Anxi Hairy Crab/Mao Xie

An uncommon, low-production, specialty tea - but still affordable for every day use. Mao Xie is 100% OOLONG TEA called Hairy Crab, from the village of Da Ping, Anxi County, in the Fujian Province of China... (more below)

Three Sisters White GOP

Premium WHITE TEA from the Fujian Province of China, blended with GOP (ginger root, orange peel, peach pieces), and also adding marigold and safflowers, & natural ginger orange peach extracts.

Cream Oolong

Higher grade Tie Guan Yin OOLONG TEA leaves from Anxi County, Fujian Province, China, which are rolled into lightly oxidized dark green pellets, unusually bathed in real rich cream, then specially dried to preserve. See below for details.

Earl Grey (back)

The most familiar and traditional blend of all flavored teas. Ceylon BLACK TEA from Sri Lanka blended with orange peels, natural bergamot oil, and blue cornflowers.

On Sale at Trailhead Tea

2009 Ancient Hubei Large Tea Brick

Compressed Hubei Black Tea Brick, known as Mǐ Zhūan Chá (米磚茶). The brick features Chinese markings on both sides, and scored to allow breaking into 16 equal sections. They make great decorative display gifts for the tea lover. Tea bricks were often used o
$40.00 $30.00

AZ Cypress Citron Green

This GREEN TEA BLEND from China using flavors of lemon, lime and orange.

Aged Shou Mei Zhenghe White (Off-Trail White)

This 2013 slightly aged SHOU MEI White Tea is from Zhenghe County, Fujian Province, China where the large leaf white cultivar Da Bai is renown. It was harvested and processed on April 15th, 2013… traditionally after the Silver Needle and Bi Mu Dan harvest

Mi Xiang Hong Cha, Yunnan Honey Black Tea

100% BLACK TEA, identified by its abundance of golden tips, and cocoa and black pepper note. It will not taste bitter when over-steeped. Creamy and sweet, with pleasant pepper notes becoming earthier and more layered as it cools.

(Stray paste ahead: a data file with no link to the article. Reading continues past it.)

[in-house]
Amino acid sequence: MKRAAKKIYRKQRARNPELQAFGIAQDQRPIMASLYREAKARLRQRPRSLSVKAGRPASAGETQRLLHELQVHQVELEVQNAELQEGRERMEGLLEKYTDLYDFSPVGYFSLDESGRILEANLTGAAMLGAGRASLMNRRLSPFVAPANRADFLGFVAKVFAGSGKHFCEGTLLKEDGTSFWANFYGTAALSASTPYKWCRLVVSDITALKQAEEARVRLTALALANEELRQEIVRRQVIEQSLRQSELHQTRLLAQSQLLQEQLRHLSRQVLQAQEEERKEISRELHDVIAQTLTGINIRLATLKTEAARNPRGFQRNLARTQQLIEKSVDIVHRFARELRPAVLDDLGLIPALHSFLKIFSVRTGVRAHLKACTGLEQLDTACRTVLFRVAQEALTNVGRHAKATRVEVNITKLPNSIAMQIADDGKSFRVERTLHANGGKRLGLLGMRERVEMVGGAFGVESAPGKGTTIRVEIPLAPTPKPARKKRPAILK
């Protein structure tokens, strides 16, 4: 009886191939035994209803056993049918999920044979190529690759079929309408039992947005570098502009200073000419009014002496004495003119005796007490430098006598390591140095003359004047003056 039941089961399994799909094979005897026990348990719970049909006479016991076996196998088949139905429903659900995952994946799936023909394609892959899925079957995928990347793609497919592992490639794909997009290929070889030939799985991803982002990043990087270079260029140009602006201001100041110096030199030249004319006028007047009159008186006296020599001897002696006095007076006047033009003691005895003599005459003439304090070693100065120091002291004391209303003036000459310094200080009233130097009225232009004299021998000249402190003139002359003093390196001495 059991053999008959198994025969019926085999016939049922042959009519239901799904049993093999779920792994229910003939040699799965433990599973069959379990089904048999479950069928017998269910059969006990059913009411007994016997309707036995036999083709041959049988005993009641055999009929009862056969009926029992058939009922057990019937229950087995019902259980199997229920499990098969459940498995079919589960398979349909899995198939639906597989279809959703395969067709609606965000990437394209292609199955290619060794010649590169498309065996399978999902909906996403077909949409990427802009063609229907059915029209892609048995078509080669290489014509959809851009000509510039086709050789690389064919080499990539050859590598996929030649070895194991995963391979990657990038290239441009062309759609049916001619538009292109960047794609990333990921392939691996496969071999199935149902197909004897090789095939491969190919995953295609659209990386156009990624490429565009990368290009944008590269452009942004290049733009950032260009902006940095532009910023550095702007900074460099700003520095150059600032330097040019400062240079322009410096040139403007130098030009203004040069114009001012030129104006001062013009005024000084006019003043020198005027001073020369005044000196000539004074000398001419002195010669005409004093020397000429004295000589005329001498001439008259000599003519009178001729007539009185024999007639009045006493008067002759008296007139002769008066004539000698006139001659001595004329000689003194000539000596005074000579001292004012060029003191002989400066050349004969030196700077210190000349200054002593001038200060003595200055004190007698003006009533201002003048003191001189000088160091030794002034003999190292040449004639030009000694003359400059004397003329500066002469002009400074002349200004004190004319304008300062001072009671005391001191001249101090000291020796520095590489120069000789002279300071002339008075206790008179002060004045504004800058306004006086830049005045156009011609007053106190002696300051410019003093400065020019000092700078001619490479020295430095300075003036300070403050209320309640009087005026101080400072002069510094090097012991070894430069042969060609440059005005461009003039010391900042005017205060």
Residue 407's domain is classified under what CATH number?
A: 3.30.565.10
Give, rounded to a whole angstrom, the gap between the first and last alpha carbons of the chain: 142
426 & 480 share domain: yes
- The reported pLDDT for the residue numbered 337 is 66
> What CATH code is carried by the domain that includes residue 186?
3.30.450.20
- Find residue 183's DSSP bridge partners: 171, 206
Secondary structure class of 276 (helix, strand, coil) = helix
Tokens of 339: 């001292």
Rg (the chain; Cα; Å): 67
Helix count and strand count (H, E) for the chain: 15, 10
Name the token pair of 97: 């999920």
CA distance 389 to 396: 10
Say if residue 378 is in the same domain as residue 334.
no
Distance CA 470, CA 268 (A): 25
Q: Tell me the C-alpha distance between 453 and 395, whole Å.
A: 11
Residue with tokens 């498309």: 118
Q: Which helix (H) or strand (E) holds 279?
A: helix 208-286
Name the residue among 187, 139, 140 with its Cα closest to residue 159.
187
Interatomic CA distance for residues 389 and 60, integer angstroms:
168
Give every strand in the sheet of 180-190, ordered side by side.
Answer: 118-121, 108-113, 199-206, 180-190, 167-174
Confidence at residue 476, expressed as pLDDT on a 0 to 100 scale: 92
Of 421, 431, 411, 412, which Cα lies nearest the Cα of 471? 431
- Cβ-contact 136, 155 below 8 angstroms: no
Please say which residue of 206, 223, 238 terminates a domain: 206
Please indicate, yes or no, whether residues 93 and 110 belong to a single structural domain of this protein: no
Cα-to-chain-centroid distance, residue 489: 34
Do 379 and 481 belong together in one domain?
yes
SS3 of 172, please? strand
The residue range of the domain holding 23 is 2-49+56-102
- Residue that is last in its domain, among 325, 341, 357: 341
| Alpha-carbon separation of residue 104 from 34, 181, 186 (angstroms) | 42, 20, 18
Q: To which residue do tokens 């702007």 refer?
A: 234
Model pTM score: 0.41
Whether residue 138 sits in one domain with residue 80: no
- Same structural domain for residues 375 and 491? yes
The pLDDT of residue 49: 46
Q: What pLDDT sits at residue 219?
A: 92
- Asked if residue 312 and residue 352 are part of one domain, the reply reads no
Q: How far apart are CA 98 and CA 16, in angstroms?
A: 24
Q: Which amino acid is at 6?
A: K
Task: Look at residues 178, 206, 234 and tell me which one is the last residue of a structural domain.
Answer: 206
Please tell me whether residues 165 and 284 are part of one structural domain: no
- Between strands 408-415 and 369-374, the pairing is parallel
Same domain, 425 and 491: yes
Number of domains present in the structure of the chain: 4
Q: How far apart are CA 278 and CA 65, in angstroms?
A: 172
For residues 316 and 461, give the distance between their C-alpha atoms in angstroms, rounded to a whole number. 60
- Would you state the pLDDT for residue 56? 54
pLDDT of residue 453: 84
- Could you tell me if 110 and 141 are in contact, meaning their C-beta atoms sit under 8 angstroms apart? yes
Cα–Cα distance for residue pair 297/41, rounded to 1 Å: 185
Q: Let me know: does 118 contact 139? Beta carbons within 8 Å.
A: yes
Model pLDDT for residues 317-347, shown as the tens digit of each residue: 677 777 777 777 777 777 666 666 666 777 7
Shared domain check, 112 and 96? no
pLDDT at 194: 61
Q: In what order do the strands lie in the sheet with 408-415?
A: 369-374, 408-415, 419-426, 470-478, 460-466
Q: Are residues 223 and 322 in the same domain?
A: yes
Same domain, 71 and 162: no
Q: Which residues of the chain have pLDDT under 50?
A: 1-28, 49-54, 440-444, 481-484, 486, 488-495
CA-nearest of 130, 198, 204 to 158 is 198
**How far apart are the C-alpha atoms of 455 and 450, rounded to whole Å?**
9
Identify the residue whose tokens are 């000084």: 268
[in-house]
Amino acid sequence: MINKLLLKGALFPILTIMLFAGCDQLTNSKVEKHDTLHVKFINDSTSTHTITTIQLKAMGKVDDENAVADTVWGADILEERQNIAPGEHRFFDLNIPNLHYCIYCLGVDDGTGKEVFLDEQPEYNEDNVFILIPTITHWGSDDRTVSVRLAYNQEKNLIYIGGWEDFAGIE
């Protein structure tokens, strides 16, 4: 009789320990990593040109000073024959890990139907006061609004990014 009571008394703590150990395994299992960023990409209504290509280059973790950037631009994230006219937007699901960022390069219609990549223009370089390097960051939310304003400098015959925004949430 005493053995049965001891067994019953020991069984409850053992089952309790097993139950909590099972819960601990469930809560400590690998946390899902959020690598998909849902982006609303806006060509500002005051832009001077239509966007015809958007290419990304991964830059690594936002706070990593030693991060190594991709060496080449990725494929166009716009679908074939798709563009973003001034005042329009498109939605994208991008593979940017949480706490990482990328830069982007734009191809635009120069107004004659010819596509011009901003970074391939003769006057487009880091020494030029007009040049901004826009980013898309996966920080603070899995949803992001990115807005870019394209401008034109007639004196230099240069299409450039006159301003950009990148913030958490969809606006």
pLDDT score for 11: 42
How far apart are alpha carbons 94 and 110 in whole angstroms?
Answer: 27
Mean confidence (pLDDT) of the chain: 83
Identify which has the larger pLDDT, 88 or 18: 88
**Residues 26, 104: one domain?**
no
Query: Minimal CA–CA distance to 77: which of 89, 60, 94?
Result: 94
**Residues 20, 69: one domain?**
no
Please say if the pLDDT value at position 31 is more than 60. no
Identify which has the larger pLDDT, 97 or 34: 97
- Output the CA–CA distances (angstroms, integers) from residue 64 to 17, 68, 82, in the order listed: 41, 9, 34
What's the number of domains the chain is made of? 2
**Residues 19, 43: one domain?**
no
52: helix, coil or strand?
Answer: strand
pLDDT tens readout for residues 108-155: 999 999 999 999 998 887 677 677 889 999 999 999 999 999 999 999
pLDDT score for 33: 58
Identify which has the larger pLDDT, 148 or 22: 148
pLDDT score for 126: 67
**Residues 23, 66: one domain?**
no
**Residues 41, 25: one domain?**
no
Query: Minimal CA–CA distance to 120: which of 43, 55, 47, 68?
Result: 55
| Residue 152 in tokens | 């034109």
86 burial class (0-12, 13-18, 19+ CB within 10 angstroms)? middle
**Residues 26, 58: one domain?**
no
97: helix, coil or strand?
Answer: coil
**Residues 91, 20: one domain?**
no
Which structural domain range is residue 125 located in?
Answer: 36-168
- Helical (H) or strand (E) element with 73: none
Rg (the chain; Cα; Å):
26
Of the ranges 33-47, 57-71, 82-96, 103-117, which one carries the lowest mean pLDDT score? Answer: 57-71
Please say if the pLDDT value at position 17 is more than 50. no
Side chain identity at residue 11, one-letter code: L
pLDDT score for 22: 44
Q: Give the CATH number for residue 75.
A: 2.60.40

Blue Moon Blueberry

Caffeine-free HIBISCUS-BLUEBERRY FRUIT BLEND also contains rose hips, apple pieces, dried blueberry and natural blueberry flavor.

Dragon Phoenix Jasmine Pearls, Organic Nonpareil

100% Organic nonpareil (highest) grade GREEN TEA. It’s only jasmine scented since jasmine does not actually touch the green tea leaves. These are full two leaves and an unopened bud attached leaf sets, that are carefully jasmine flower scented than rolled

Masala Chai

Traditional Indian spicy chai taste from a Ceylon BLACK TEA BLEND flavored with cardamom pods, ginger root, cloves, natural cinnamon flavor and cinnamon bark.

Peach Oolong

A very popular taste combination. Premium OOLONG TEA from Taiwan blended with natural peach flavor, apple pieces, marigold flowers, and apricots.

Sencha, Fukamushi (Deep Steam)

This Japanese GREEN TEA is produced from blending 1st and 2nd harvest leaves, and specifically grown in Shizuoka, about 90 miles southwest of Tokyo and not far from Mount Fuji. This is the classic Japanese tea which constitutes over 80% of tea consumption

Black Dragon Pearls

100% BLACK TEA from the Yunnan Province in southern China boardering Vietnam. Comprised of only the highest quality leaves and buds, mostly attached sets, rolled into a large pearl shape which unfurl while brewing. Subtle cocoa notes.

Boynton Trail Assam

Bold, brisk, powerful BLACK TEA from the Meleng Estate, Assam region of India. A burgundy-red liquor, smooth astringency, and malty with notes of raisin. It is quite traditional to take with milk and honey or sugar, since the tea stands up.